The receiving corps feeds off quarterback Jeff Undercuffler, who Gattuso said is “progression” well in his first full season as starter.
“He has a good complement of people around him. He needs to trust them and understand he doesn’t have to do everything himself, and I think he is,” Gattuso said.
UAlbany’s shown it can attack as effectively on the ground as through the air. The Great Danes have a capable one-two combination in Karl Mofor and Alex James; the latter won Week 2 CAA Offensive Player of the Week after decimating Bryant with 229 yards.
Mofor’s been the primary ball-carrier the rest of the way. He also adds an element to the passing game, making him the clear every-down back for UAlbany.
“He’s multi-dimensional,” Gattuso said of Mofor. “He’s an exceptional blocker and a great pass receiver.”
It’s all-hands-on-deck for the Great Danes pass-catchers against one of the CAA’s premier pass defenses. The Tribe have picked off six passes in four games, including Arman Jones’ pick-six, and one from All-CAA defensive back Isaiah Laster.
Capitalizing In the Red Zone
A theme from last season’s 25-22 William & Mary win that looms this year is UAlbany’s red-zone efficiency. The Tribe’s outstanding defense forced the Great Danes into three field goals in the red zone a year ago. Turn even one of those into a touchdown and extra point, and it’s a UAlbany win.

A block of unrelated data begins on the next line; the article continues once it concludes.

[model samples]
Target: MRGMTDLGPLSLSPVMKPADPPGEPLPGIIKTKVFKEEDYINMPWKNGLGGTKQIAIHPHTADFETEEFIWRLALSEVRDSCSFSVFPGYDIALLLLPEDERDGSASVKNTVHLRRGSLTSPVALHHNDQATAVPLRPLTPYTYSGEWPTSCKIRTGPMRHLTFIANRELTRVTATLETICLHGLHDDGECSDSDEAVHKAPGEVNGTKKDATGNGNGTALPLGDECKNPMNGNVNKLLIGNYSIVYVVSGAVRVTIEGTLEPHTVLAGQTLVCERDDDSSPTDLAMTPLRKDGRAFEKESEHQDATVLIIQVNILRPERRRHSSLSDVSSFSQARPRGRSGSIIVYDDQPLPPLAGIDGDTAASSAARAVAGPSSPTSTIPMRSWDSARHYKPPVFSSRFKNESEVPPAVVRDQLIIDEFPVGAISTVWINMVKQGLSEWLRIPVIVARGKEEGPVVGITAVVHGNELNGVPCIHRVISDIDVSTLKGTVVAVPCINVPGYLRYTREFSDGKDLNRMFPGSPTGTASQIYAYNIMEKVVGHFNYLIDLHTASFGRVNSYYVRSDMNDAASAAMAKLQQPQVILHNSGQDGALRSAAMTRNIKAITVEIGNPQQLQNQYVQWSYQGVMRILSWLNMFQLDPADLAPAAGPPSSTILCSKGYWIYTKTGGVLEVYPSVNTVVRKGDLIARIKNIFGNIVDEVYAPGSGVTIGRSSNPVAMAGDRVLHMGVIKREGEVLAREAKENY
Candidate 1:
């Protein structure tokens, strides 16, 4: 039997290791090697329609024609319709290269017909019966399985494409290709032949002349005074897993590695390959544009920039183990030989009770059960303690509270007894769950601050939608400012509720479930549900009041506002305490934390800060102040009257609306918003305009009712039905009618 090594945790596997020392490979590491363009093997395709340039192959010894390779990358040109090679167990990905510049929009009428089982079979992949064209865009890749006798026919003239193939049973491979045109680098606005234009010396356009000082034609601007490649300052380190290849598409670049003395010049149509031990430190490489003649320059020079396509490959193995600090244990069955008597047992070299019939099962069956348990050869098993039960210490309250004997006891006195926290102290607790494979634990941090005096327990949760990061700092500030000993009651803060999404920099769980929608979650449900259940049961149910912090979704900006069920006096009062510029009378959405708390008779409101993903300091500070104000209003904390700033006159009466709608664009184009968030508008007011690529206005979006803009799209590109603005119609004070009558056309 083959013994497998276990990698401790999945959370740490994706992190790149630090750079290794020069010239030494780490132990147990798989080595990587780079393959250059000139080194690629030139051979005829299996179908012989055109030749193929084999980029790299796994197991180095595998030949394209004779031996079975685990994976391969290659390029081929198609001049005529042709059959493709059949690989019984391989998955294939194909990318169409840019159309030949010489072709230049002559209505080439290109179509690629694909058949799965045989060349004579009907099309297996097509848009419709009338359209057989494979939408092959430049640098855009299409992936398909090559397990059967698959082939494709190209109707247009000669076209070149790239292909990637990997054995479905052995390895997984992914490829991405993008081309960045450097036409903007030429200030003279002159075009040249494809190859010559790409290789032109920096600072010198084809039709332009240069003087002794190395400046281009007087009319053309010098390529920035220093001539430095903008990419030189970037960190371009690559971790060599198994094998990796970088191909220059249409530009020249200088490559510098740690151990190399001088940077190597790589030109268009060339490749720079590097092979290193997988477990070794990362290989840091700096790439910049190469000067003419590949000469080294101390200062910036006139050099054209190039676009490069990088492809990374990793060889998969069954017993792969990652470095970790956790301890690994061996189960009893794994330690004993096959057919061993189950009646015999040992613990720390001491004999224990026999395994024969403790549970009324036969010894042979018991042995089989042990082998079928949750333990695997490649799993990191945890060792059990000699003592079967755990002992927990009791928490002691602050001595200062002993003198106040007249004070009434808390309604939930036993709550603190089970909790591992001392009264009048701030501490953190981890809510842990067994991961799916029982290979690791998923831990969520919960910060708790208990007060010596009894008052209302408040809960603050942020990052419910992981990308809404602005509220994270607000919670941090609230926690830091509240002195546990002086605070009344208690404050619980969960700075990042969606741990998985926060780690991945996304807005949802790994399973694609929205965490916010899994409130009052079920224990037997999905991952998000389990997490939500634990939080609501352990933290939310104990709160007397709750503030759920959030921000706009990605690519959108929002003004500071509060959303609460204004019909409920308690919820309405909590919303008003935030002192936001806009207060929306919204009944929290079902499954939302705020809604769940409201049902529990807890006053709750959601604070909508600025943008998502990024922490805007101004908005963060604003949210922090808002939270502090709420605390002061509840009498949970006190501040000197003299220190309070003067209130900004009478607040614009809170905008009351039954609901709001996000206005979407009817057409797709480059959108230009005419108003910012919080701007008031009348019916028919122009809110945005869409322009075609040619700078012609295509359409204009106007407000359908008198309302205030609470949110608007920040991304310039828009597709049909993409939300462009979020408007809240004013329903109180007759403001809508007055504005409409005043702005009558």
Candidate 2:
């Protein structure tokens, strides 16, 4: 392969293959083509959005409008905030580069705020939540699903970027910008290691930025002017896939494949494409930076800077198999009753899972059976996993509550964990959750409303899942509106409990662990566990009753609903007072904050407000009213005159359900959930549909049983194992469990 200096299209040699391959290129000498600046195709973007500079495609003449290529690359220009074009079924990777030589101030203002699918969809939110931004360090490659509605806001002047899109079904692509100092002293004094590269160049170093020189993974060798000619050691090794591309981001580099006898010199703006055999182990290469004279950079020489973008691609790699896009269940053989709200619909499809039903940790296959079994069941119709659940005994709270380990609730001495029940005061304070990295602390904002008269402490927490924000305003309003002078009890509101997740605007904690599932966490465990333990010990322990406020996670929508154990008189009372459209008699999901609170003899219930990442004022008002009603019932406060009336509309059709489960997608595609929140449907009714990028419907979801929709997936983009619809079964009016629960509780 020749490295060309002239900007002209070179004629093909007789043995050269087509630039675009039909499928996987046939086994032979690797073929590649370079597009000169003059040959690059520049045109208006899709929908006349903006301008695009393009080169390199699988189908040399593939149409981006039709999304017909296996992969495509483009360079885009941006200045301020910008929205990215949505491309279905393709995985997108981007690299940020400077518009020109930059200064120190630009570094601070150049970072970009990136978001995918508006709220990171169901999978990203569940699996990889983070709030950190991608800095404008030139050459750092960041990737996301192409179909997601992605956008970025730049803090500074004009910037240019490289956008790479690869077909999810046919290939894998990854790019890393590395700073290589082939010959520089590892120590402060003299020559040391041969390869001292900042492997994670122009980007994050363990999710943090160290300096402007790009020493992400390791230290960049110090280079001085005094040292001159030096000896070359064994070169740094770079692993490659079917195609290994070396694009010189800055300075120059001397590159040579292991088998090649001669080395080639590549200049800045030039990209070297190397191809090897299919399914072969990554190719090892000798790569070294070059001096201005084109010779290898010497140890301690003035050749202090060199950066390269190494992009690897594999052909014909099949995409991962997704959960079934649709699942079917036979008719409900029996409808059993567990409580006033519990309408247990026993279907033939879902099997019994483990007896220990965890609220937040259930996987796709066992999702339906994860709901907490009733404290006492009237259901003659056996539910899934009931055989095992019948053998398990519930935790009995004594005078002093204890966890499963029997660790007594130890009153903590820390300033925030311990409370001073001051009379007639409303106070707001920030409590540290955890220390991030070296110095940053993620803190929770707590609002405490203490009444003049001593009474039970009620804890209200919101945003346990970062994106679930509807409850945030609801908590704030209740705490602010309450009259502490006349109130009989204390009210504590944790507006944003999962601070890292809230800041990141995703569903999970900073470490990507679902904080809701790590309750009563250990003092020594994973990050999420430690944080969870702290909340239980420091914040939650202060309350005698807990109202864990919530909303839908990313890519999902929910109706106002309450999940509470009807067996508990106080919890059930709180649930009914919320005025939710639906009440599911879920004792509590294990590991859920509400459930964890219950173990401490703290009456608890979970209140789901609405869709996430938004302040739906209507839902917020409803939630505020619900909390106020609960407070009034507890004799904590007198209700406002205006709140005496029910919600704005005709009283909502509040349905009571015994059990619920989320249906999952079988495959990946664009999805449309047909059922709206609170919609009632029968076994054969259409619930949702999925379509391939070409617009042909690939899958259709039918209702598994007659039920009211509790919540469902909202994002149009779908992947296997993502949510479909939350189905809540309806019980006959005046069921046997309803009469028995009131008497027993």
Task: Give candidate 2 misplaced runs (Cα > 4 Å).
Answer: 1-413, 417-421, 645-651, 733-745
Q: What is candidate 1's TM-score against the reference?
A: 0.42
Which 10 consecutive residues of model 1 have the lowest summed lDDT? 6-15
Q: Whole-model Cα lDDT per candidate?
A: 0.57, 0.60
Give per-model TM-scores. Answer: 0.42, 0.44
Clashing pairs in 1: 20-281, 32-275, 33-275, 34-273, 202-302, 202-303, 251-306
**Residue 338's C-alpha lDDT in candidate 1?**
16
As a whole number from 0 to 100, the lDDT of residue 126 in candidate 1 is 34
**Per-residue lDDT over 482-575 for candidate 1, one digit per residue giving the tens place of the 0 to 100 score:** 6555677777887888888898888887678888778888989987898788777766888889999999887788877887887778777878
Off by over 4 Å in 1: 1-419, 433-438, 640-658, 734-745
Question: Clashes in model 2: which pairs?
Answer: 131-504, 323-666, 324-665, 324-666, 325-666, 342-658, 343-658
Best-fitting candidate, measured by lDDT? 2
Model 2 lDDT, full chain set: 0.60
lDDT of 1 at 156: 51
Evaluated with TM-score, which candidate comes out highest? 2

A byproduct of – or perhaps a reason for – UAlbany’s offensive improvement thus far in 2019 lies in its red-zone efficiency. The Great Danes are 10-for-10 when crossing the 20, with eight of those going for touchdowns.
Conversely, William & Mary’s been solid defending the red zone. Opponents have converted 14-of-17 opportunities, but nearly half of those scores (6) were field goals. The ability of the Tribe’s linebackers to drop back effectively into pass coverage while Bill Murray and Co. up front clog rushing lanes compacts the already-short field for opposing offenses.
Get To the Quarterback
“Getting to the quarterback” is a ubiquitous football phrase that carries different meanings. Doing so is equally important for both the UAlbany and William & Mary defenses on Saturday, but for different reasons.
William & Mary’s ball-hawking begins with intense pressure off the line. Murray and Carl Fowler lead a team-wide effort to produce almost three sacks per game. The Tribe’s 11 in total rank 20th in the nation.
Getting to Undercuffler is crucial to limiting the explosive pass plays that have been an early hallmark for the Great Danes.
On the flip side, UAlbany’s defense getting to the quarterback is about limiting explosive gains, but more so at the first level than in the pocket. Mathis’ 52.8 rushing yards per game rank second for the Tribe, just behind Wright’s 56. His contributions in the run game are especially important for igniting William & Mary’s approach.
UAlbany’s been effective enough against the run, holding opponents to 4.1 yards per carry, but Mathis is the first truly dynamic dual-threat quarterback the Great Danes defense faces this season.